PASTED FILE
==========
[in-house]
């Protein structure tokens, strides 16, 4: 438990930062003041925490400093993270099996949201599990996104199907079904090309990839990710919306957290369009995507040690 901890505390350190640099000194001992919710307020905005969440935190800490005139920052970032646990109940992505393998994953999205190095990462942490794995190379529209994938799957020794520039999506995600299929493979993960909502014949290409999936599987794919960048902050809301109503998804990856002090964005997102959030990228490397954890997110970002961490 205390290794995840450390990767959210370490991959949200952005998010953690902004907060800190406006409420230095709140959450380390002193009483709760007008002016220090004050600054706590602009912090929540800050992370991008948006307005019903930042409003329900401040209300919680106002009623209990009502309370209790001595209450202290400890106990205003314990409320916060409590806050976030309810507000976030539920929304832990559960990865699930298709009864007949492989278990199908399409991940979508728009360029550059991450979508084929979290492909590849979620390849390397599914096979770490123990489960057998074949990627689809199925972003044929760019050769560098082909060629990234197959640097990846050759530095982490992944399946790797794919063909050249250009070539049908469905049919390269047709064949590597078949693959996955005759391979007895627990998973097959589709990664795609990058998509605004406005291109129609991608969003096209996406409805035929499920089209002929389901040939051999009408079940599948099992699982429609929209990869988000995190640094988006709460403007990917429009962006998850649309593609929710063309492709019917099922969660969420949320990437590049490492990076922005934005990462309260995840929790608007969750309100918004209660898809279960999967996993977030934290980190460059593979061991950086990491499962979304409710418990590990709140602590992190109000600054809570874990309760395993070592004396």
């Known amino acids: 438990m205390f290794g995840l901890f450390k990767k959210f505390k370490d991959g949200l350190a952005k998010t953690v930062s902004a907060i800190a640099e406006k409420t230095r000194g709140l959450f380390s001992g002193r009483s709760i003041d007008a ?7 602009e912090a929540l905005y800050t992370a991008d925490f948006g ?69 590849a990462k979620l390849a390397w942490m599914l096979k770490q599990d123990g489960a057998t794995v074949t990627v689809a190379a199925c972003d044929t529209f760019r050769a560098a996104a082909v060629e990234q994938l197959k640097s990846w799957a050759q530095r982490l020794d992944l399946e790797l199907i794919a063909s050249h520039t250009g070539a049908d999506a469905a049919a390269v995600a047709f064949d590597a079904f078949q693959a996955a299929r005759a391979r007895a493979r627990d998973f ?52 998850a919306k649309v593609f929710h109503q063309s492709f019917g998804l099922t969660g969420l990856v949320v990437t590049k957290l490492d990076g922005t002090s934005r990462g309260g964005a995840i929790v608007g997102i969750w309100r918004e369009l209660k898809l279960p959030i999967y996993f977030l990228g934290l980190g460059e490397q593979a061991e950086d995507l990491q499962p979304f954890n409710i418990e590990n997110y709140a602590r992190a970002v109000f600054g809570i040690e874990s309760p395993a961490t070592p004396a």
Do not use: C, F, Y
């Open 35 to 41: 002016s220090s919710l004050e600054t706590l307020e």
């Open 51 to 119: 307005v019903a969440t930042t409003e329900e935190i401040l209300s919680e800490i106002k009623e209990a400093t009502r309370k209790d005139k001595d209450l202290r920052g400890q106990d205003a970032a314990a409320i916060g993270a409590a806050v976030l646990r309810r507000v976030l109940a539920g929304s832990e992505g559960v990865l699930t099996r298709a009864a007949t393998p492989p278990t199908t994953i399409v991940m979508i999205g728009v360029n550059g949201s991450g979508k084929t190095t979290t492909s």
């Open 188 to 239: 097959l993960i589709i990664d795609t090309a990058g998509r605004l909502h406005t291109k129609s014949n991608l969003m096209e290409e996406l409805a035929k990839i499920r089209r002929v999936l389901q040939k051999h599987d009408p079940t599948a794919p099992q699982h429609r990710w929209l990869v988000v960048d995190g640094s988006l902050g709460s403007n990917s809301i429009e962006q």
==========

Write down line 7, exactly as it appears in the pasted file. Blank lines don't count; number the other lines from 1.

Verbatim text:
């Open 188 to 239: 097959l993960i589709i990664d795609t090309a990058g998509r605004l909502h406005t291109k129609s014949n991608l969003m096209e290409e996406l409805a035929k990839i499920r089209r002929v999936l389901q040939k051999h599987d009408p079940t599948a794919p099992q699982h429609r990710w929209l990869v988000v960048d995190g640094s988006l902050g709460s403007n990917s809301i429009e962006q």